[ilds] heraldic universe

James Gifford james.d.gifford at gmail.com
Tue Jun 28 11:37:26 PDT 2011

Hi Bruce,

 > If you go back to the letter of August 1936, it
 > seems clear to me that what Durrell is describing
 > is, in Heidegger's sense, a "state of being."  So,
 > he's quite right to say that "it is not a 'state
 > of mind,'"

Agreed!  Through I should have noted that Durrell also refers to the 
Heraldic Universe earlier in his 1938 "Hamlet, Prince of China" (itself 
a 1937 letter, again to Miller).

In those instances, I don't know that I'd call it a heideggerian "state 
of being," though I must own up that I'm simply not well versed in 
Heidegger.  I read some in tandem with Sartre and Patocka in 1999/2000, 
and I haven't gone back much since...

Durrell has a novel repetition from the 1937 letter appearing in the 
1942 essay in /Personal Landscape/, and it caught my attention strongly 
when I first noticed it: "the self, which you [Miller] used as a defence 
against the novel terrors of this heraldic universe (as one might use 
smoked glass to look at the sun)" (1937 letter, printed in 1938) later 
becomes "'Art' then is only the smoked glass through which we can look 
at the dangerous sun" (1942 essay).

That shuffle between "self" and "art" is fine, especially since he 
describes the Heraldic Universe as the individual's "inner heraldic 
territory" or personal property.  It seems very much to be something 
pre-social to Durrell and solipsistic though not the same a selfhood 
either.  IMO, that don't jive with Heidegger's "being," but I could very 
well be mistaken (I think it'd have to go back to Heidegger's response 
to Sartre's essay on Humanism, which I think is in the /Basic Writings/ 
book...  Dimly back a dozen years here).

It's intriguing that Durrell's Heraldic realm isn't utopic, and art or 
even selfhood stand as some kind of defensive tactic. Although at the 
same time, it's something he's "creat[ing]... quite alone" and for which 
he needs to lay a foundation (in that 1936 letter).  That suggests to me 
that some kind of pre- and post-social Being (which allows for an 
individual with reason and will not entirely determined by material 
conditions) is involved in the equation, but that the Heraldic isn't the 
autonomous Being-to-death and isn't identical with the self or art, even 
though it may be contiguous.

Of course, Durrell could have changed his mind.  I'm just intrigued by 
the contiguity between Durrell's discussion of Miller's anarchism and 
Read's (ostensible) communism in his first articulation of the Heraldic 
Universe.  That strikes me as a part of the literary history of the 
period more broadly.  Paired up with that, I'm (in a purely Durrellian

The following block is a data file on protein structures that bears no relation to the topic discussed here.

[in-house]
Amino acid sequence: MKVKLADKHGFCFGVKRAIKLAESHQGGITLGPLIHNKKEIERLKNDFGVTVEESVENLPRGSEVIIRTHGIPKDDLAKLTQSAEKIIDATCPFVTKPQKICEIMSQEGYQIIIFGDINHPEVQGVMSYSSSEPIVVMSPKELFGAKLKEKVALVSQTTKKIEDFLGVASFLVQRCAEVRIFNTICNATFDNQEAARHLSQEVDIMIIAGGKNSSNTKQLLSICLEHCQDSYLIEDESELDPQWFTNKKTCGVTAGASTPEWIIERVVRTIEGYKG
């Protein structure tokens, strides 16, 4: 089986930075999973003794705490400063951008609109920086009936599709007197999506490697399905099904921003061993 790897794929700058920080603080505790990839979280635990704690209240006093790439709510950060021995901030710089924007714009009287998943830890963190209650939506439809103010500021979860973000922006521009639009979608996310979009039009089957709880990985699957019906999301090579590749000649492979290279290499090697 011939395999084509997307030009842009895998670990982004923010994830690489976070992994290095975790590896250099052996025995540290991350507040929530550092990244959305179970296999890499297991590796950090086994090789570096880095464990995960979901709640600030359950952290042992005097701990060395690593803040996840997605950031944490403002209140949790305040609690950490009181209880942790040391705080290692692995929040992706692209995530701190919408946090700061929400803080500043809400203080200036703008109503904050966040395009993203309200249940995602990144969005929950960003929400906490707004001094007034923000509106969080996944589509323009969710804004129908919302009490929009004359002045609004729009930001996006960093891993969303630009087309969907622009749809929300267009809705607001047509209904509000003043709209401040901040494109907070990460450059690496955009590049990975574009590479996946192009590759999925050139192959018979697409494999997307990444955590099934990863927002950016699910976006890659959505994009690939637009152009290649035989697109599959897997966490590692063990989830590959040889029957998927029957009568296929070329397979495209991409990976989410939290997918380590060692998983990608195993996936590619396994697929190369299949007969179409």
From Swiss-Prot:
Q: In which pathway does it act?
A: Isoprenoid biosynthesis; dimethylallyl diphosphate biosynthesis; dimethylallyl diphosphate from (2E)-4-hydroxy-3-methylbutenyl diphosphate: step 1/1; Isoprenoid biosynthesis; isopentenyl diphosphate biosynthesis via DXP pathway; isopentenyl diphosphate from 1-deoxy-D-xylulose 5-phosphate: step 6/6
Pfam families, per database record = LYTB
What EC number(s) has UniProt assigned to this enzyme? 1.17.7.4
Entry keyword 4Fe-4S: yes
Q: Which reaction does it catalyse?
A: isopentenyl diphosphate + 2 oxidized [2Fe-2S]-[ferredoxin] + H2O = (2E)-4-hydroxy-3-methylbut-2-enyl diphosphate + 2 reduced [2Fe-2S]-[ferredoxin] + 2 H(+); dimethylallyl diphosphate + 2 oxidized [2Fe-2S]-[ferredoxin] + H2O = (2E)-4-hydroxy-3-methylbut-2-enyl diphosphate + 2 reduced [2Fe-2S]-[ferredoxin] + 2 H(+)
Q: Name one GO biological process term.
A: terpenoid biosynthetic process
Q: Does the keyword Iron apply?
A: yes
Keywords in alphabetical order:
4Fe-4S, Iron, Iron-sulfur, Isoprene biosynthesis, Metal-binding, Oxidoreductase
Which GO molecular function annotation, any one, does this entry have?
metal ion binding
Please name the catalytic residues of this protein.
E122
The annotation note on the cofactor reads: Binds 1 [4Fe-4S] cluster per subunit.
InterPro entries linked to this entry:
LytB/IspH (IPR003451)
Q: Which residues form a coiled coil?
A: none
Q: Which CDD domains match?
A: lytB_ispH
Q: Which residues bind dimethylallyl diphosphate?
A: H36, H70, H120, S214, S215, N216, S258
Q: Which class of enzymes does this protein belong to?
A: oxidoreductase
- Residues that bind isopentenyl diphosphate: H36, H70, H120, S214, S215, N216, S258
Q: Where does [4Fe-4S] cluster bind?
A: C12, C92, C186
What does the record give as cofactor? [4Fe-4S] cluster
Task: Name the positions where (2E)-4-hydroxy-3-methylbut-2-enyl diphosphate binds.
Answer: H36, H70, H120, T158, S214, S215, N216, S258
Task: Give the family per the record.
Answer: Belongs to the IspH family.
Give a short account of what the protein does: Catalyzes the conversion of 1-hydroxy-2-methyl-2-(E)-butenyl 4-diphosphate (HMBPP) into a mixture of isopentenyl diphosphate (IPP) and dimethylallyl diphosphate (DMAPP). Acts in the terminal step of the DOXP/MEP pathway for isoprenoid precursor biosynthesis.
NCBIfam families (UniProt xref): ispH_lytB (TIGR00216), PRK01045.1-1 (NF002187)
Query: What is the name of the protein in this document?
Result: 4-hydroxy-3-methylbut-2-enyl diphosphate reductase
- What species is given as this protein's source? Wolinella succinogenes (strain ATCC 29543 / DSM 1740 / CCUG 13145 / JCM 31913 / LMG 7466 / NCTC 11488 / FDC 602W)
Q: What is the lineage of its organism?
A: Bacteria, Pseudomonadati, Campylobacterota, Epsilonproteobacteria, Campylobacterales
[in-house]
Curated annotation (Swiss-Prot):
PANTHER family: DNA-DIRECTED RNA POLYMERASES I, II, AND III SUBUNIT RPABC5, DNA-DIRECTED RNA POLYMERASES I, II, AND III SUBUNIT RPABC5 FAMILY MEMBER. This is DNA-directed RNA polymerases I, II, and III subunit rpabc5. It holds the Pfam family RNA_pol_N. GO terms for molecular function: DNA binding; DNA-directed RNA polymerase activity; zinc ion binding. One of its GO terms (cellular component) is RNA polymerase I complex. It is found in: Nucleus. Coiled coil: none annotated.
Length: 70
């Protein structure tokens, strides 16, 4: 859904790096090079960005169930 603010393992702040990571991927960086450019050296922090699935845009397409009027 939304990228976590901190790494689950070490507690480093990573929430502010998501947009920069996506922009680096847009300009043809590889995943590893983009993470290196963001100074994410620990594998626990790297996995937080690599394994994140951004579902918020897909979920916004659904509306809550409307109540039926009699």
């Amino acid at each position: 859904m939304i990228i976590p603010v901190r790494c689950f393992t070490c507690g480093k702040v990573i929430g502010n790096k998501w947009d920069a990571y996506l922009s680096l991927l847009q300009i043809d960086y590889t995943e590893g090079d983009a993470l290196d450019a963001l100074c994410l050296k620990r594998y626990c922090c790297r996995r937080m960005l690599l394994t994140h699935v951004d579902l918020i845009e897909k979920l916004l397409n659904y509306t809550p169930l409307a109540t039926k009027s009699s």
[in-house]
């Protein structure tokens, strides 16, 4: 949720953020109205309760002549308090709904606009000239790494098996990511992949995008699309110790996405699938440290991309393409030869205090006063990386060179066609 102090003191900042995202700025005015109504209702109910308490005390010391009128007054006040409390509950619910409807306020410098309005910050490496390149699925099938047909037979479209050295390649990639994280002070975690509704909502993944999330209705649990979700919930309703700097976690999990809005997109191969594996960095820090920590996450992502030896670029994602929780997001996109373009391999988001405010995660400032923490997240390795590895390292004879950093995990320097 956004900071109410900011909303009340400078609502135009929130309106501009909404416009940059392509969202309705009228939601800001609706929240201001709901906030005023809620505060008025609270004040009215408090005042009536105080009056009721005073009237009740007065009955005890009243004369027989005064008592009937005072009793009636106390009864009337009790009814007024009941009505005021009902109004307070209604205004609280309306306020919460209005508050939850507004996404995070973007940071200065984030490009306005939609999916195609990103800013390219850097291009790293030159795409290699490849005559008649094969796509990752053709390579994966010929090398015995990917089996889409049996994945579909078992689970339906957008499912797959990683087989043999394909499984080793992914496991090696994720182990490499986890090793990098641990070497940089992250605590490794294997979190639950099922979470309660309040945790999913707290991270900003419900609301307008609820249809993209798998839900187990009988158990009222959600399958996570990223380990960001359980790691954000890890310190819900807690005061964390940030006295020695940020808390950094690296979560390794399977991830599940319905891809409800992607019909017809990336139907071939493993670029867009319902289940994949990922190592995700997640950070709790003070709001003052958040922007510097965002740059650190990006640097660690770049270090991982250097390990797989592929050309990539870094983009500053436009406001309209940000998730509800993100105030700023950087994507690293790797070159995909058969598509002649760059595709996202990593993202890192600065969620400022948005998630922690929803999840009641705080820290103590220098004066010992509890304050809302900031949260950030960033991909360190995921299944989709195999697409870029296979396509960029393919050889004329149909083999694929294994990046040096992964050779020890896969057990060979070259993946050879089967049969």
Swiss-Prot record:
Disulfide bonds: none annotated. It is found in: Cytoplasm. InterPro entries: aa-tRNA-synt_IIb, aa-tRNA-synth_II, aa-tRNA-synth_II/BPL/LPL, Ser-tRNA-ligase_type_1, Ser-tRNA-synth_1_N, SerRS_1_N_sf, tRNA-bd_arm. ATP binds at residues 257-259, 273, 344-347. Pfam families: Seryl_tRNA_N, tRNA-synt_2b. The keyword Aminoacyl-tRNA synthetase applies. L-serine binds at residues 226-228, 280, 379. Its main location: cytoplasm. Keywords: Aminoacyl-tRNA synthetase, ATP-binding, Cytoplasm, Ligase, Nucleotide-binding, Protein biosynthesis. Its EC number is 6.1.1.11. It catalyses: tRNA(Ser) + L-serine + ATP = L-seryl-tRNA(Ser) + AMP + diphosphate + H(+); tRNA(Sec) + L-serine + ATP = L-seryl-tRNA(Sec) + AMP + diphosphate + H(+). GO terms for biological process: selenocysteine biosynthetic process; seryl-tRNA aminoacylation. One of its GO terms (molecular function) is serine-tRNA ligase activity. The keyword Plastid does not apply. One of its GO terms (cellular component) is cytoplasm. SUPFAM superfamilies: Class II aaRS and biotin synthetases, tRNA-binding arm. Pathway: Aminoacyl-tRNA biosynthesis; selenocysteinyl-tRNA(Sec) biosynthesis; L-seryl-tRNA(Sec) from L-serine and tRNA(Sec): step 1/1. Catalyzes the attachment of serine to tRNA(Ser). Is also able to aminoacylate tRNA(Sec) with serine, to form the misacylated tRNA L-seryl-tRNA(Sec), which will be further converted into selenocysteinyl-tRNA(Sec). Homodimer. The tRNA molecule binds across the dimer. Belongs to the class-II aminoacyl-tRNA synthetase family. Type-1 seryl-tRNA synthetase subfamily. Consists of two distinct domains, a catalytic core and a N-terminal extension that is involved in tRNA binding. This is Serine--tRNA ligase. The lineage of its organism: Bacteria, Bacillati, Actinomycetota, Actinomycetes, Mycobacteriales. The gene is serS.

orientation) terribly interested in the distinction Durrell sets up 
between the poet, the poem, the reader, and the inner world, as if they 
are all in contact yet are radically separate at times.  It would imply 
that art, once made, exists independent of us and beyond our 
determination even if it emerges from the artist (much like an 
individual may emerge from society yet is not determined or defined by 
the social, if one buys that idea).

James Clawson has a recent piece (I don't have a copy handy) that might 
be useful for this:

Clawson, James M. "Between Physics and Metaphysics: Spenglerian 
Bergsonism in Durrell's /Revolt of Aphrodite/." /Mosaic: A Journal for 
the Interdisciplinary Study of Literature/ 43.4 (2010): 123-139.

I'll grab that today for read, if I can locate a copy, and report back 
to the list.


On 28/06/11 8:25 AM, Bruce Redwine wrote:
> James,
> Thanks for the reference.  If you go back to the letter of August
> 1936, it seems clear to me that what Durrell is describing is, in
> Heidegger's sense, a "state of being."  So, he's quite right to say
> that "it is not a 'state of mind,'" i.e., something that is rational,
> cognitive, and subject to logical analysis.  In this context, the
> mentioning of Lao Tse is entirely appropriate.  Durrell's tendencies
> are mystical, probably never fully realized, and I would cite his
> "Heraldic Universe" as evidence of such.
> Bruce
> On Jun 28, 2011, at 7:49 AM, James Gifford wrote:
>> On 27/06/11 7:42 PM, Bruce Redwine wrote:
>>> I first came across Durrell's idea in the D-M letters, the one
>>> previously mentioned, August or Fall of 1936.  Did he ever
>>> publish this theory/philosophy?
>> I'll leave Mott to Bill, but for Durrell publishing on the
>> Heraldic Universe, the answer is "kinda"...
>> He published "The Heraldic Universe" in /Personal Landscape/
>> (1942), where he states "It is not a 'state of mind.'"  There were
>> other bits and pieces in his prose, but it was certainly not
>> systematized.  Then again, the opening of /Personal Landscape/ and
>> its "Ideas on Poetry" series stated quite emphatically that it
>> would not systematize and that ideas are subject to change in
>> discussion.  I think that's actually rather the point.
>> He comes back to it across his letters as well.  Now off to the
>> train!
>> Best, J
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